I particularly appreciated her caution based on the readings of Paul, Elder and Scriven that critical thinking may be seen “as a set of virtues if that is understood as moral virtues” (Mulnix, 2012, p. 466). This echoed my own impressions about a lot of texts on critical thinking, such as Brookfield and Moon.
There is an unnamed1 subtext at play here that is affecting much of the work certainly in the United States and to a lesser extent in the countries of the UK and other English-speaking areas. I can’t speak to other regions except to say that this subtext is a non-issue in Japan. This subtext is the rise of atheism/ modern humanism with its concurrent rise in scientism against which Christian creationism and intelligent design arguments are currently fighting for dominance in US schools.
The argument that atheism fails because it has no moral and theoretical underpinning is a non-sequitur which introduces so many straw men and red herrings that attempting to debate this issue is a waste of time. However, the upshot is that (how I view it anyway) the rise of the naming of critical thinking as a movement is partially done to give humanism/ atheism its moral and philosophical root.
Personally as an atheist, there is an aspect of this that ashames me. In Japan and in Scotland (my two countries) it is perfectly acceptable now to ‘admit’ to being an atheist. In other parts of the world, the same sentiment can be life-threatening. Many media personalities in the atheist world hide under terms such as ‘sceptic’ (US skeptic) and ‘humanist’ and will not say publically that they are atheist. At the same time, they promote critical thinking in their blogs as a de-facto moral stance. I won’t provide any sources because there are literally thousands of blogs on this topic. A Google search on “atheism and critical thinking” will suffice. I’m ashamed of this because of the inherent cowardice; the pretence of ‘being scholarly’ allows writers to promote egalitarian critical thinking while never stating a crucial and critical theory (in the sense of societal change): the refusal to be open about a purpose of critical thinking. The irony drips like honey from a spoon.
Zuckerman et al. (2013) produced a meta-study that tied in many of the threads in the intelligence-religiosity debate. They find a strong correlation between intelligence and non-religiosity. They are impeded in their discussion on atheism because:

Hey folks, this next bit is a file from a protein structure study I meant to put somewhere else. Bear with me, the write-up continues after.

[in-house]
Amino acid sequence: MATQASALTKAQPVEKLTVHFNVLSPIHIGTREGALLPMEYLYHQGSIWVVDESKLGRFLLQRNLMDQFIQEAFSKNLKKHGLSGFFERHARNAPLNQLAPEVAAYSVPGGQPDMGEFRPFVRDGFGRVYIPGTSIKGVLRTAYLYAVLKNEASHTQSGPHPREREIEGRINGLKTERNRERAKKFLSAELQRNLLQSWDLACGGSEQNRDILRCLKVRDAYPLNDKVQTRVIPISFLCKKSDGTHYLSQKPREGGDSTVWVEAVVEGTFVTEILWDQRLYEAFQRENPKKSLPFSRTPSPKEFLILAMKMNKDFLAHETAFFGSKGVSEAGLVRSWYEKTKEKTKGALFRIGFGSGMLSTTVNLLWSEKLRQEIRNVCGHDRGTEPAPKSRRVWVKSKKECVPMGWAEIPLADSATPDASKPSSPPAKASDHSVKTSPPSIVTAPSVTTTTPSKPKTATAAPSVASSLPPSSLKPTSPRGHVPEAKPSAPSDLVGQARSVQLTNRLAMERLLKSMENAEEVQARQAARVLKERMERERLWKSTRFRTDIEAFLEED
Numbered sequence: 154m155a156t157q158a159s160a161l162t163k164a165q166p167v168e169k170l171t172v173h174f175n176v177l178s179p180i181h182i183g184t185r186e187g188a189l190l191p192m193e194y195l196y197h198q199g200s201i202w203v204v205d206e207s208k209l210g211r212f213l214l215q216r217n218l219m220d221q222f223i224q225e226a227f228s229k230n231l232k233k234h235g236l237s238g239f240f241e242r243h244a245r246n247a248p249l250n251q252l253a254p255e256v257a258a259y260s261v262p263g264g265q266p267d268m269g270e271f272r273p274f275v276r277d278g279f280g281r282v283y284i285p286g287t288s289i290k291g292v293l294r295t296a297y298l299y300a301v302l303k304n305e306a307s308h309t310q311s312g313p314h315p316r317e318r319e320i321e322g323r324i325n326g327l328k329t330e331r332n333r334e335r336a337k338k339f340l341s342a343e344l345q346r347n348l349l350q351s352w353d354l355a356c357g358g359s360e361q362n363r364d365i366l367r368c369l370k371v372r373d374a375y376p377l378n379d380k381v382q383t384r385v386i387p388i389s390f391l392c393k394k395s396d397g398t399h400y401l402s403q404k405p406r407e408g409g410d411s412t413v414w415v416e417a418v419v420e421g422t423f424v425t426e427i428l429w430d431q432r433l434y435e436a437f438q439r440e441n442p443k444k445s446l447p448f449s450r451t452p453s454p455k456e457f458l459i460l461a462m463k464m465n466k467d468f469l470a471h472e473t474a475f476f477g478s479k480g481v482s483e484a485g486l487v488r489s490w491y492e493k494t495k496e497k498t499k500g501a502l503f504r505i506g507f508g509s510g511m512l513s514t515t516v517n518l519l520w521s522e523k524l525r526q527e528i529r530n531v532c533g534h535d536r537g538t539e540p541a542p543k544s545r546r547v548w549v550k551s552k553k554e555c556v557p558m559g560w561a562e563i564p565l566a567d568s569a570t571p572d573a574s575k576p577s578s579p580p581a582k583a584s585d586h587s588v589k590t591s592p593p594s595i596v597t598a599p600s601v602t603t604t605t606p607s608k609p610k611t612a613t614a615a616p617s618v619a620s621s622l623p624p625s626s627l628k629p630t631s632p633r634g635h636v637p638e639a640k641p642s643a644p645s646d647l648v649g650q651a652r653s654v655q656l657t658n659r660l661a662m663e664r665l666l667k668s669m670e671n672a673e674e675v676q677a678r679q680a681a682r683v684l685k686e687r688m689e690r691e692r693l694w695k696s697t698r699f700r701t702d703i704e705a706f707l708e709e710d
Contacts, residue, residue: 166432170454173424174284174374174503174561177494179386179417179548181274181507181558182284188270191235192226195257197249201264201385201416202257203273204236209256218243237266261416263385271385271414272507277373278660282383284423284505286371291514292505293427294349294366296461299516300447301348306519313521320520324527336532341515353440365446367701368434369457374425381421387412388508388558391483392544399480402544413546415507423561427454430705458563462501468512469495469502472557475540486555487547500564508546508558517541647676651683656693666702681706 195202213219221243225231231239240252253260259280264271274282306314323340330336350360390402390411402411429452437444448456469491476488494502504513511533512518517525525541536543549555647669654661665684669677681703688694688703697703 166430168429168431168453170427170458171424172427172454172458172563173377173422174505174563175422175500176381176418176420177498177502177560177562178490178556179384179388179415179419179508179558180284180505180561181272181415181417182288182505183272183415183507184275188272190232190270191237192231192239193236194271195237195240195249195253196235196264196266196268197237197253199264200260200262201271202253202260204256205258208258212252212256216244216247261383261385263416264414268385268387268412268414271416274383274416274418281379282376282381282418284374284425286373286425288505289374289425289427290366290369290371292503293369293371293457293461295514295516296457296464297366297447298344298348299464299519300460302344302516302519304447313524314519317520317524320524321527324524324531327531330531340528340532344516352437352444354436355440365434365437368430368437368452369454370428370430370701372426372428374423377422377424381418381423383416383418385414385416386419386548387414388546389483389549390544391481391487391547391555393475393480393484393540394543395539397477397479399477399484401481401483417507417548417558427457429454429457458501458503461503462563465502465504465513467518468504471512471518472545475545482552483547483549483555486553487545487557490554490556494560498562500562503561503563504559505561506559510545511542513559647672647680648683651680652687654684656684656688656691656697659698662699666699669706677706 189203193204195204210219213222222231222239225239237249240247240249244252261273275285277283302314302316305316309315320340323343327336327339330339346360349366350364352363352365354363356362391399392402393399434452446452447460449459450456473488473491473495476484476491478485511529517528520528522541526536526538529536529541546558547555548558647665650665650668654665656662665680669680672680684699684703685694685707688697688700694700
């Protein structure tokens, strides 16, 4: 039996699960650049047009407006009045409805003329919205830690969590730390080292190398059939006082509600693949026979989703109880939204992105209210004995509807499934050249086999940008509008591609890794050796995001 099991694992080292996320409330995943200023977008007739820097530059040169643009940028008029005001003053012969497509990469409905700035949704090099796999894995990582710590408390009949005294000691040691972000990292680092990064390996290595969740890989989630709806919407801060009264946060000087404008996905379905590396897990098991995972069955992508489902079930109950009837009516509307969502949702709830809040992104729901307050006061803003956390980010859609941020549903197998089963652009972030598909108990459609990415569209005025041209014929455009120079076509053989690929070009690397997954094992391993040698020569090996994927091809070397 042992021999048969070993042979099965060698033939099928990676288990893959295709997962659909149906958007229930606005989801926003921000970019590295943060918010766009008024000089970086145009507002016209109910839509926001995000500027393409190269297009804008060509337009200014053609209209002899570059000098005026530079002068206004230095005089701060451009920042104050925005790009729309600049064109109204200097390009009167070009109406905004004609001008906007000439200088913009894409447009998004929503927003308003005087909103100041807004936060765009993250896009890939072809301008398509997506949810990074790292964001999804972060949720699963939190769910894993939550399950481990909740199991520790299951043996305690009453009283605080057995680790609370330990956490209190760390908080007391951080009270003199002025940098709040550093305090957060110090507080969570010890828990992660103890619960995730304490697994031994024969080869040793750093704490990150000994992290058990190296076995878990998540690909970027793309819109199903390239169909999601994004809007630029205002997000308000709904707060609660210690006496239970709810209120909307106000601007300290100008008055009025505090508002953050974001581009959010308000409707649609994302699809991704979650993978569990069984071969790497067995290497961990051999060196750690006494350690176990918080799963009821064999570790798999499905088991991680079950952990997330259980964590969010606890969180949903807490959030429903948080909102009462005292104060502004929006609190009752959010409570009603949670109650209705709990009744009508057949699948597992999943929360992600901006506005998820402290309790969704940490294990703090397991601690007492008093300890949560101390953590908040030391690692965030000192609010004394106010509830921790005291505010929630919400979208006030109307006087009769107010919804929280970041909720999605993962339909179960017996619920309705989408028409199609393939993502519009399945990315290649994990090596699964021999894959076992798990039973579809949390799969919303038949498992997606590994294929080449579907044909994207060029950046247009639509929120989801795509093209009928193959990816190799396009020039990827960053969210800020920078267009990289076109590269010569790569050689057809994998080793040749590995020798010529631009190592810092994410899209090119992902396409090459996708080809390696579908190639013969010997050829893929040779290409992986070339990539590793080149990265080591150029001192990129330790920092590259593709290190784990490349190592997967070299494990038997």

“it is rather difficult to write about atheism because, unlike theism, it does not produce (religious) relics and is not associated with (religious) customs” (Zuckerman et al., 2013, p. 345).
If such a study is done in five years, I predict that the rise in atheist blogs will produce enough artefacts for study.
In terms of leadership development, Zuckerman et al., point to precollege students’ stronger religiosity compared with graduates. If epistemological development is successful in learners, the move away from reliance on intuitive processes as the base for action towards more rational processes is likely to lead more towards a non-theist mind set (Shenhav et al., 2012). Against this is the notion that leaders need to use powerful rhetorical methods to motivate subordinates (Saee, 2005). Using non-theist rhetoric in an embedded religious society is unlikely to prove effective.
Is critical thinking being uncritically accepted as a tool for subverting religiosity, or is the move away from religiosity as evidenced in the West a natural development of scientific thinking?2
 Unnamed subtext to me. If you know the name, please let me know.
 I realise that there is a logical middle ground, but that is, I believe, a fallacy.
Mulnix, J. W. (2012). Thinking Critically about Critical Thinking. Educational Philosophy & Theory, 44(5), 464-479.
Saee, J. (2005). Effective leadership for the global economy in the 21st century. Journal of Business Economics and Management, 6(1), 3-11.
Shenhav, A., Rand, D. G., & Greene, J. D. (2012). Divine intuition: Cognitive style influences belief in God. Journal of Experimental Psychology, 141(3), 423-428.
Zuckerman, M., Silberman, J. & Hall, J. A. (2013). The relation between intelligence and religiosity: A meta-analysis and some proposed explanations. Personality and Social Psychology Review, 17(4), 325-354.